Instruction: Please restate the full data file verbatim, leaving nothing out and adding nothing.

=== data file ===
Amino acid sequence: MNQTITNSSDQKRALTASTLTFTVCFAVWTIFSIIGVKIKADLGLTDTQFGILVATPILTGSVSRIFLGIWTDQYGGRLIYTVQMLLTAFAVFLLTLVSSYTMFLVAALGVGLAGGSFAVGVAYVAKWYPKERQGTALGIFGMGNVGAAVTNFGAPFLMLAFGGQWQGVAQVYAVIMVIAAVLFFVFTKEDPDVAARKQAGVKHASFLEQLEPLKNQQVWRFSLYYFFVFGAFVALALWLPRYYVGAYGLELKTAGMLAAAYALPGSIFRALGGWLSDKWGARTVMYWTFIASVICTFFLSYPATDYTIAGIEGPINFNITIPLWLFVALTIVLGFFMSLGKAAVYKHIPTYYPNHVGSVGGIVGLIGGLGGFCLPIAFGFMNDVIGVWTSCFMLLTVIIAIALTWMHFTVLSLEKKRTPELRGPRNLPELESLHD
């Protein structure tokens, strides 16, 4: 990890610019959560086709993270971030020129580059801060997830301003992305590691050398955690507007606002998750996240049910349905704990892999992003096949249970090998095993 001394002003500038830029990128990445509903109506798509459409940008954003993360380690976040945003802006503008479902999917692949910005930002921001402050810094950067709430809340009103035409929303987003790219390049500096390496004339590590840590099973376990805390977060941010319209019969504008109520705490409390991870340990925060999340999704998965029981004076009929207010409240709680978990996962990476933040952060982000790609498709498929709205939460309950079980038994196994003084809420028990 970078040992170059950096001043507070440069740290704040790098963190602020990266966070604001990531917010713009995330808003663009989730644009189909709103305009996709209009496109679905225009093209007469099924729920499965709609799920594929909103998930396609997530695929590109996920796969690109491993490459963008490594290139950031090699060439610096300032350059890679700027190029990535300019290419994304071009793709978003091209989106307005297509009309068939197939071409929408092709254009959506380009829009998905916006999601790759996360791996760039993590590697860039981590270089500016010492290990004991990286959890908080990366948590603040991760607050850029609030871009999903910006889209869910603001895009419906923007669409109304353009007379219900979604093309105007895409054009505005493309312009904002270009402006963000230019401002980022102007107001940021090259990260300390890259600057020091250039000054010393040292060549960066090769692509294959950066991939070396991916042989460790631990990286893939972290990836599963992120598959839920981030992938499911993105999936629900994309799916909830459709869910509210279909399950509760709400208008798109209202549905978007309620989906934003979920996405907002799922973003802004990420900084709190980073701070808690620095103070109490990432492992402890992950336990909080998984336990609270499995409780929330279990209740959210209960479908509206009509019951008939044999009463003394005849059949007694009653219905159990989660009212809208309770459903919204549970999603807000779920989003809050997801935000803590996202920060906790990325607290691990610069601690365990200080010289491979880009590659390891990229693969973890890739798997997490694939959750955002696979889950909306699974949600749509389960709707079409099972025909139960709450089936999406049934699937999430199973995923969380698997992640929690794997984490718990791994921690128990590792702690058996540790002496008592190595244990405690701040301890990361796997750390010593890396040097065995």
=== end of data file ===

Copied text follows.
Amino acid sequence: MNQTITNSSDQKRALTASTLTFTVCFAVWTIFSIIGVKIKADLGLTDTQFGILVATPILTGSVSRIFLGIWTDQYGGRLIYTVQMLLTAFAVFLLTLVSSYTMFLVAALGVGLAGGSFAVGVAYVAKWYPKERQGTALGIFGMGNVGAAVTNFGAPFLMLAFGGQWQGVAQVYAVIMVIAAVLFFVFTKEDPDVAARKQAGVKHASFLEQLEPLKNQQVWRFSLYYFFVFGAFVALALWLPRYYVGAYGLELKTAGMLAAAYALPGSIFRALGGWLSDKWGARTVMYWTFIASVICTFFLSYPATDYTIAGIEGPINFNITIPLWLFVALTIVLGFFMSLGKAAVYKHIPTYYPNHVGSVGGIVGLIGGLGGFCLPIAFGFMNDVIGVWTSCFMLLTVIIAIALTWMHFTVLSLEKKRTPELRGPRNLPELESLHD
């Protein structure tokens, strides 16, 4: 990890610019959560086709993270971030020129580059801060997830301003992305590691050398955690507007606002998750996240049910349905704990892999992003096949249970090998095993 001394002003500038830029990128990445509903109506798509459409940008954003993360380690976040945003802006503008479902999917692949910005930002921001402050810094950067709430809340009103035409929303987003790219390049500096390496004339590590840590099973376990805390977060941010319209019969504008109520705490409390991870340990925060999340999704998965029981004076009929207010409240709680978990996962990476933040952060982000790609498709498929709205939460309950079980038994196994003084809420028990 970078040992170059950096001043507070440069740290704040790098963190602020990266966070604001990531917010713009995330808003663009989730644009189909709103305009996709209009496109679905225009093209007469099924729920499965709609799920594929909103998930396609997530695929590109996920796969690109491993490459963008490594290139950031090699060439610096300032350059890679700027190029990535300019290419994304071009793709978003091209989106307005297509009309068939197939071409929408092709254009959506380009829009998905916006999601790759996360791996760039993590590697860039981590270089500016010492290990004991990286959890908080990366948590603040991760607050850029609030871009999903910006889209869910603001895009419906923007669409109304353009007379219900979604093309105007895409054009505005493309312009904002270009402006963000230019401002980022102007107001940021090259990260300390890259600057020091250039000054010393040292060549960066090769692509294959950066991939070396991916042989460790631990990286893939972290990836599963992120598959839920981030992938499911993105999936629900994309799916909830459709869910509210279909399950509760709400208008798109209202549905978007309620989906934003979920996405907002799922973003802004990420900084709190980073701070808690620095103070109490990432492992402890992950336990909080998984336990609270499995409780929330279990209740959210209960479908509206009509019951008939044999009463003394005849059949007694009653219905159990989660009212809208309770459903919204549970999603807000779920989003809050997801935000803590996202920060906790990325607290691990610069601690365990200080010289491979880009590659390891990229693969973890890739798997997490694939959750955002696979889950909306699974949600749509389960709707079409099972025909139960709450089936999406049934699937999430199973995923969380698997992640929690794997984490718990791994921690128990590792702690058996540790002496008592190595244990405690701040301890990361796997750390010593890396040097065995």